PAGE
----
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Creating and holding space for grieving people

Recently, I shared a post about my work in the funeral industry. You can read that post here: https://missykuester.com/a-nonanxious-presence-in-a-funeral-home/. One question I often get is “What do you do at the funeral home?” I could list the actual physical things such as greeting visitors, restocking the snacks and drinks, moving flowers, driving the hearse, driving the limo, moving more flowers, etc. But the best answer I can think of is I’m resonsible for creating and holding space for grieving people.

What does it mean to hold space for grieving families?

According to gsthereapy center, “Holding space means being physically, mentally, and emotionally present for someone. It means putting your focus on someone to support them as they feel their feelings.” https://www.gstherapycenter.com/blog/2020/1/16/what-holding-space-means-5-tips-to-practiceAcc 

It’s a great post with tips for creating a safe space.

In my life when walking through a loss with a friend or loved one, I have wanted to create or be a safe place for them. A sudden or profound loss can create a plethora of dynamic emotions. My job is to create a space where a person feels comfortable displaying those emotions without judgment.

Creating a safe space for grieving

At the funeral home, I create a safe space by doing all the things mentioned early. Our emphasis is to remember everything that a grieving family may not think of during the planning and services. We also cater to our families. Whatever they ask for we are open to doing. Consequently, our goal is to make those things happen behind the scenes without fanfare.

Another way we create space for people to grieve is to honor and respect customs whether they be cultural, religious, or family. Rituals are important in the grieving process. I hope to share some of the specific customs and rituals I have personally experienced in subsequent posts.

Have you ever thought about how you respond to someone when they are griveing? Rather than give advice or tell them how they should feel, wouldn’t it be better to just be present, without advice or judgement? Are you a safe space for them in which they can be raw and honest with their feelings of loss?

 

Death teaches us

A nonanxious presence in a funeral home

How people die remains in the memory of those who live on” – Dame Cicely Saunders.

In July of 2021, I saw a Facebook post about a newly opened funeral home. Nearly a year later, that post changed the trajectory of my life. That day I mustered up the courage to send a message to James the one who had posted about the funeral home. And today, I have a career in funeral services.

Sometime later, I was telling my new pastor about my work at the funeral home. He is no stranger to funerals and funeral homes. In that conversation, he taught me the term, nonanxious presence. What a perfect description of what I am in my work. I set out to learn how to be a nonanxious presence in a funeral home.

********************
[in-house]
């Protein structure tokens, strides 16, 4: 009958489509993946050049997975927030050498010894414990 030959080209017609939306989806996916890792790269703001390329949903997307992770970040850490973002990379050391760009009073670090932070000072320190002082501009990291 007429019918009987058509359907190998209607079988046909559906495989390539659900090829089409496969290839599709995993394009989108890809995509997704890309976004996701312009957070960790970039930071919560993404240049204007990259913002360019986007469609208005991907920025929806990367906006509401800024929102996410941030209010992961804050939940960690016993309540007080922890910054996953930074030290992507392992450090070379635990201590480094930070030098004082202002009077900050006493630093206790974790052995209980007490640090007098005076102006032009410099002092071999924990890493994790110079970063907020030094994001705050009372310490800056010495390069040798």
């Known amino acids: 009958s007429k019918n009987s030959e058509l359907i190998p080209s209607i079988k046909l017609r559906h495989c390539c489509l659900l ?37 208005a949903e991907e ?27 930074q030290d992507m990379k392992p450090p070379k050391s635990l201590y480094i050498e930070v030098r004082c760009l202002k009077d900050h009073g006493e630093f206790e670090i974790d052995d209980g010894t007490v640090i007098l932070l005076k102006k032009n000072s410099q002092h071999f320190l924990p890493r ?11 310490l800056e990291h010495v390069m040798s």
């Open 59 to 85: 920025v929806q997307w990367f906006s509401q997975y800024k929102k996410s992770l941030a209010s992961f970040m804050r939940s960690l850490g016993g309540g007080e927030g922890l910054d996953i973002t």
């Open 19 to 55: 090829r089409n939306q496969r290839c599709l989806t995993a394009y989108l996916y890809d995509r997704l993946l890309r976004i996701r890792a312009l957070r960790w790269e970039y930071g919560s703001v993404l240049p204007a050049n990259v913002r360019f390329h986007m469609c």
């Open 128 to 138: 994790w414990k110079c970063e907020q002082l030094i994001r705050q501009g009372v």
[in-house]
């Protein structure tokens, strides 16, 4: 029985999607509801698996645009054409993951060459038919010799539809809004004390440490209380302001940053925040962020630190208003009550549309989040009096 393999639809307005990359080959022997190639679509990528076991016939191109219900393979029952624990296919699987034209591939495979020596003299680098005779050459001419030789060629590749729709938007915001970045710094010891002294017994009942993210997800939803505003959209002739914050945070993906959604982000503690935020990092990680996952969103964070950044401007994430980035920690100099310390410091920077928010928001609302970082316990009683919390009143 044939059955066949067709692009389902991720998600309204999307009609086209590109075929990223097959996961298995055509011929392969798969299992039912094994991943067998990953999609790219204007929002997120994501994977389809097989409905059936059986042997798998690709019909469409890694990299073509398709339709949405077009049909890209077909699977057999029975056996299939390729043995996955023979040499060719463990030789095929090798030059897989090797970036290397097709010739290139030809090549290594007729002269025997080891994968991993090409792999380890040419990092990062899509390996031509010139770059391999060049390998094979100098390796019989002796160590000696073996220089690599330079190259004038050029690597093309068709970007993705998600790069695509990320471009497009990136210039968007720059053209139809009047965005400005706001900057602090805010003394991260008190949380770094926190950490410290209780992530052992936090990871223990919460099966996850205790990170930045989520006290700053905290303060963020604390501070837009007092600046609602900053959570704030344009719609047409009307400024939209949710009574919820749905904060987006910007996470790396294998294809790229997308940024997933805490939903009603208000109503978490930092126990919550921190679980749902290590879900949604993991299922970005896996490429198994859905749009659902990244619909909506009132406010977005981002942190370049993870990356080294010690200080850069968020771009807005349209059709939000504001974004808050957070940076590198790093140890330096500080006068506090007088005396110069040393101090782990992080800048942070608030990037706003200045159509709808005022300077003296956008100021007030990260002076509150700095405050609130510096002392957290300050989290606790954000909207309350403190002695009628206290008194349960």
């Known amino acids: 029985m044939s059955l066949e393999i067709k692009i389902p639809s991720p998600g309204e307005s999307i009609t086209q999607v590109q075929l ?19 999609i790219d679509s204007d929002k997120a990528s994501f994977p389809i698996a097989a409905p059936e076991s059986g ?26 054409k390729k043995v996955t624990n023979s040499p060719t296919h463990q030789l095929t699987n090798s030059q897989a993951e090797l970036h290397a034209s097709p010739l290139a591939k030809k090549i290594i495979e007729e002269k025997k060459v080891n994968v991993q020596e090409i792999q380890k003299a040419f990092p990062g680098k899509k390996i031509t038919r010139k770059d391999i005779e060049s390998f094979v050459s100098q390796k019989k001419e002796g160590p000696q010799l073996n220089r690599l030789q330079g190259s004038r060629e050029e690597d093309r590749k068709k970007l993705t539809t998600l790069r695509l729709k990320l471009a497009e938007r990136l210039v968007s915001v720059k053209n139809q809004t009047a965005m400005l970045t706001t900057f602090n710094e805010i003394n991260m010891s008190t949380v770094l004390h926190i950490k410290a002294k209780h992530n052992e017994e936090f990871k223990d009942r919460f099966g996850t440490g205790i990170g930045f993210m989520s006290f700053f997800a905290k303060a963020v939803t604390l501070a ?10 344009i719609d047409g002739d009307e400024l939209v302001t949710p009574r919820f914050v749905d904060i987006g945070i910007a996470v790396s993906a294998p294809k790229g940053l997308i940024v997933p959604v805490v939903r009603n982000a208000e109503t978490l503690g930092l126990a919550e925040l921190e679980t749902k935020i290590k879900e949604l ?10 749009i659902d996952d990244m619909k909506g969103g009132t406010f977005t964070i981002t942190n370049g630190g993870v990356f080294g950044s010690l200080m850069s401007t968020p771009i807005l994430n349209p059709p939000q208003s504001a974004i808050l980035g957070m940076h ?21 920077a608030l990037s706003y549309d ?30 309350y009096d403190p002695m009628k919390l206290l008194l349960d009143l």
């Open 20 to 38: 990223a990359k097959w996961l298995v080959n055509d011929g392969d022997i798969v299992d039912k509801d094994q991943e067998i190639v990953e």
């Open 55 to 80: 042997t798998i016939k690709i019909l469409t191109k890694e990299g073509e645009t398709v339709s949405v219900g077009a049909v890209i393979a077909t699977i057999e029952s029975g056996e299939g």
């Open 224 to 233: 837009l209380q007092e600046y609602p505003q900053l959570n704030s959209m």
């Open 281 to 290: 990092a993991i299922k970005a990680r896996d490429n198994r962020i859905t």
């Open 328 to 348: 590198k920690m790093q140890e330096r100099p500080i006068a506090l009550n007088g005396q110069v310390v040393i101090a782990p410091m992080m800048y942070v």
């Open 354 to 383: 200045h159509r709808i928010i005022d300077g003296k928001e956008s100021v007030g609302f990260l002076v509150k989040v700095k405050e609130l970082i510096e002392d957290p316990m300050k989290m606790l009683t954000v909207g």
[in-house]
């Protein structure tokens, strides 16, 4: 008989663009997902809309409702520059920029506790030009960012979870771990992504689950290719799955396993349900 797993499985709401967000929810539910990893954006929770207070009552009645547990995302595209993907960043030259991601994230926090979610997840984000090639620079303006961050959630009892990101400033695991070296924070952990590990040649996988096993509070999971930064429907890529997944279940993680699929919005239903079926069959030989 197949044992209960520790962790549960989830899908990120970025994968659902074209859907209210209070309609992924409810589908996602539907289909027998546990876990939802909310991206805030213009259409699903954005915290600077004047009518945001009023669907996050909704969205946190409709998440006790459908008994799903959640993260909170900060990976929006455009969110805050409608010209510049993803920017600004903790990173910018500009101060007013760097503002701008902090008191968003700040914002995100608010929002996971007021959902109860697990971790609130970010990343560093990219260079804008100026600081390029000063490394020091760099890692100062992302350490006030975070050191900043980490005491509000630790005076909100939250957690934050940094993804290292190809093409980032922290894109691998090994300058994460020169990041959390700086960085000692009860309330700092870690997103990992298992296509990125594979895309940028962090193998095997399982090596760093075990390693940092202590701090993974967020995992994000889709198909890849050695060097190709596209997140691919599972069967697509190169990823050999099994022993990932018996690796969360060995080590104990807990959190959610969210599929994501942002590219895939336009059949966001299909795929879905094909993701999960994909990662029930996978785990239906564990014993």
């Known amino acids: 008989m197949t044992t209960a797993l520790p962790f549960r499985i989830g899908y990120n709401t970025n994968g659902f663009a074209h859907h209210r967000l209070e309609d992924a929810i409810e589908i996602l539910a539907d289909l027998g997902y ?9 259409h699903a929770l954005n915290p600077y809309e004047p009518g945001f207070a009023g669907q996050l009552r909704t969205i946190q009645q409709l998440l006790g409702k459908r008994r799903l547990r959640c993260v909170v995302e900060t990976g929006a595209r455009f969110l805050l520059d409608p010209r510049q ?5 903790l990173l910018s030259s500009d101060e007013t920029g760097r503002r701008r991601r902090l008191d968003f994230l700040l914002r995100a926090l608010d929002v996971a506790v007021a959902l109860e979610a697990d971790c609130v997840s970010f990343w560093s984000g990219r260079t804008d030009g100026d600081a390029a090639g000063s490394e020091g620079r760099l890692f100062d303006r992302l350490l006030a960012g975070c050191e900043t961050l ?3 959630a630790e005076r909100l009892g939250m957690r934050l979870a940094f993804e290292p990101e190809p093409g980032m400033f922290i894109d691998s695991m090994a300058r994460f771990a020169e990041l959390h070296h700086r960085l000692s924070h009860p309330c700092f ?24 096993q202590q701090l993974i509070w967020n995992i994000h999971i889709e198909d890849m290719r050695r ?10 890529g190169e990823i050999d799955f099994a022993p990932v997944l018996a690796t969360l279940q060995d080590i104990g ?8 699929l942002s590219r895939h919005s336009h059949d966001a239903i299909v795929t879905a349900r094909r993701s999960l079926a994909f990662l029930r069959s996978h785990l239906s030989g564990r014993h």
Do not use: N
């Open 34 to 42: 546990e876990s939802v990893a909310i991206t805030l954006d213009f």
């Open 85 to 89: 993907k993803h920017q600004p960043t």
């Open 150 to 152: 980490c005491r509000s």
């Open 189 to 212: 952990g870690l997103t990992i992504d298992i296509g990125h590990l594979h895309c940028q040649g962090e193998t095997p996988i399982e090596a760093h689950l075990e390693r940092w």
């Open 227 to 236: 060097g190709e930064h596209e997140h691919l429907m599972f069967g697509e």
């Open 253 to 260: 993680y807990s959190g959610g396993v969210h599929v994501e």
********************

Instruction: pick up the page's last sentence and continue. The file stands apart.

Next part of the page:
How I found my calling

My best friend, Jenny died in 2011 at the young age of 36 after battling an autoimmune disease for most of her life.  Jenny’s funeral was a significant moment in my life. And it transformed me and how I saw death and dying. At her funeral, my friend Jim, the funeral director told me I had a gift and I should consider a job in the funeral industry.

I had several moments in my life that I’ve walked with friends as they’ve grieved the loss of children, spouses, and loved ones. I realized I wasn’t afraid to be with people as they grieved. Without knowing it, was trying to be the nonanxious person when their life was in shambles and chaos.

Jim’s words never left me. The experiences of holding space for the grieving inspired me. That’s how I found my calling to work in a funeral home.

A nonanxious presence

The term nonanxious presence was coined by Edwin Friedman a Jewish Rabbi. He described a nonanxious presence as “an individual who provides a calm, cool, focused and collected environment that empowers others to be relaxed.” Pastors, hospital chaplains, and leaders are familiar with this term and embody it. I also believe that those working in funeral homes have learned this trait as well.

On his blog, http://thenonanxiousleader.com Jack Shitama says this about being a nonanxious presence, “It’s important to understand that this power is different than authority or the ability to control others. It’s about positive influence and helping others to be their best.”

In my opinion, our role at the funeral home is to be calm, reassuring, and helpful without being overbearing. We really are the people in the shadows making things run smoothly and supporting the family. Even being overly helpful can cause anxiety and be counterintuitive. Our goal is to be present but not overwhelming. As Friedman said, “The trick is to be both non-anxious and present simultaneously.”

Behind the scenes of a funeral home

In future posts, I hope to share behind the scenes of a funeral home. It’s fascinating and rewarding work. I look forward to sharing my experiences and what I learn along the way. Every day and every funeral is different. And through it all there are many lessons to learn.

There may be no single thing that can teach us more about life than death.” –Arianna Huffington